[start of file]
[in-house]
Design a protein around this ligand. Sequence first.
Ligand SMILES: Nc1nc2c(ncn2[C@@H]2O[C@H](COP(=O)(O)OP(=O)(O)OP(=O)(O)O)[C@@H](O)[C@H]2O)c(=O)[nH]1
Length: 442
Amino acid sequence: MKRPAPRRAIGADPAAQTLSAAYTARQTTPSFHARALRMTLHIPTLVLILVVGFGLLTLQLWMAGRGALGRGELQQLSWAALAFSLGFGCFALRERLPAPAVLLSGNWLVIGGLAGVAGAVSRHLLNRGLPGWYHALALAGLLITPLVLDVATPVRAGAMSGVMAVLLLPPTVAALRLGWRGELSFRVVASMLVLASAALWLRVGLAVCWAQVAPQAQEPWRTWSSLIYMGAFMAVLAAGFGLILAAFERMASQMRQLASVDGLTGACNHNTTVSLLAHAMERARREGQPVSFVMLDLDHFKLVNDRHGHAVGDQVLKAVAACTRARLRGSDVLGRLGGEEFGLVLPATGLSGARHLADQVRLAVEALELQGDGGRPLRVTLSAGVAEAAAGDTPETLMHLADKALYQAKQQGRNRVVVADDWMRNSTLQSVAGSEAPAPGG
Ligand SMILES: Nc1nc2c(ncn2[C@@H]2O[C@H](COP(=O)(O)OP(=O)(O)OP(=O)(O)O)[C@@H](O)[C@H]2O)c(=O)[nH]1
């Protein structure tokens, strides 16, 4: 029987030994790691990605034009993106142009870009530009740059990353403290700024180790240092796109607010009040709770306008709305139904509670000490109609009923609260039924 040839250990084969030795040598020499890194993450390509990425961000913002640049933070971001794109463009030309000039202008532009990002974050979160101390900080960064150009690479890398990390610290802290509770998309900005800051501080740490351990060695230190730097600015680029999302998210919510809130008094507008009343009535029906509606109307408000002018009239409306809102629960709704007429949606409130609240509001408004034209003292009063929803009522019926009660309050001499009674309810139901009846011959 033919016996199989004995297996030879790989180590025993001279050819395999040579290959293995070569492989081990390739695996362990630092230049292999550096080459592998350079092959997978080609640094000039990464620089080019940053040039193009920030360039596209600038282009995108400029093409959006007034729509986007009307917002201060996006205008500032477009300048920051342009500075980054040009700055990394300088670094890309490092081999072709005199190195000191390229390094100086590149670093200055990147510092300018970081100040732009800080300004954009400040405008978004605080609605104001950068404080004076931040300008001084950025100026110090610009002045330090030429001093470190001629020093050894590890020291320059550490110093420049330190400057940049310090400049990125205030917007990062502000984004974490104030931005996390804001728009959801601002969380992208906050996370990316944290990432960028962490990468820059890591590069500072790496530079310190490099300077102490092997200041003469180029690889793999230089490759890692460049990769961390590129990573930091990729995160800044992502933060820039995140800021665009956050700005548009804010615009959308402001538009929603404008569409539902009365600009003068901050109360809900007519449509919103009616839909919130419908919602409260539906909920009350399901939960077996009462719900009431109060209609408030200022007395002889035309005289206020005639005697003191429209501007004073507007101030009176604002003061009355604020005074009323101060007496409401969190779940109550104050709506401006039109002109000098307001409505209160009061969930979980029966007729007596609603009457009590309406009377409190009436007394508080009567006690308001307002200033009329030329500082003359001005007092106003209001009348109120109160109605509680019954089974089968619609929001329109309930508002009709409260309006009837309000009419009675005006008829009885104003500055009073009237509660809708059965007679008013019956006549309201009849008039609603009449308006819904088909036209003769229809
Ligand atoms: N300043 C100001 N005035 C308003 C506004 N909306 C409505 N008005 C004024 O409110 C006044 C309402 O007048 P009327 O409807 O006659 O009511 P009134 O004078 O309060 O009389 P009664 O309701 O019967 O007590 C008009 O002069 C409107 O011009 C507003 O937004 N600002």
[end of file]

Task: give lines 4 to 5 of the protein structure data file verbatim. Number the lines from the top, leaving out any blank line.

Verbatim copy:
Length: 442
Amino acid sequence: MKRPAPRRAIGADPAAQTLSAAYTARQTTPSFHARALRMTLHIPTLVLILVVGFGLLTLQLWMAGRGALGRGELQQLSWAALAFSLGFGCFALRERLPAPAVLLSGNWLVIGGLAGVAGAVSRHLLNRGLPGWYHALALAGLLITPLVLDVATPVRAGAMSGVMAVLLLPPTVAALRLGWRGELSFRVVASMLVLASAALWLRVGLAVCWAQVAPQAQEPWRTWSSLIYMGAFMAVLAAGFGLILAAFERMASQMRQLASVDGLTGACNHNTTVSLLAHAMERARREGQPVSFVMLDLDHFKLVNDRHGHAVGDQVLKAVAACTRARLRGSDVLGRLGGEEFGLVLPATGLSGARHLADQVRLAVEALELQGDGGRPLRVTLSAGVAEAAAGDTPETLMHLADKALYQAKQQGRNRVVVADDWMRNSTLQSVAGSEAPAPGG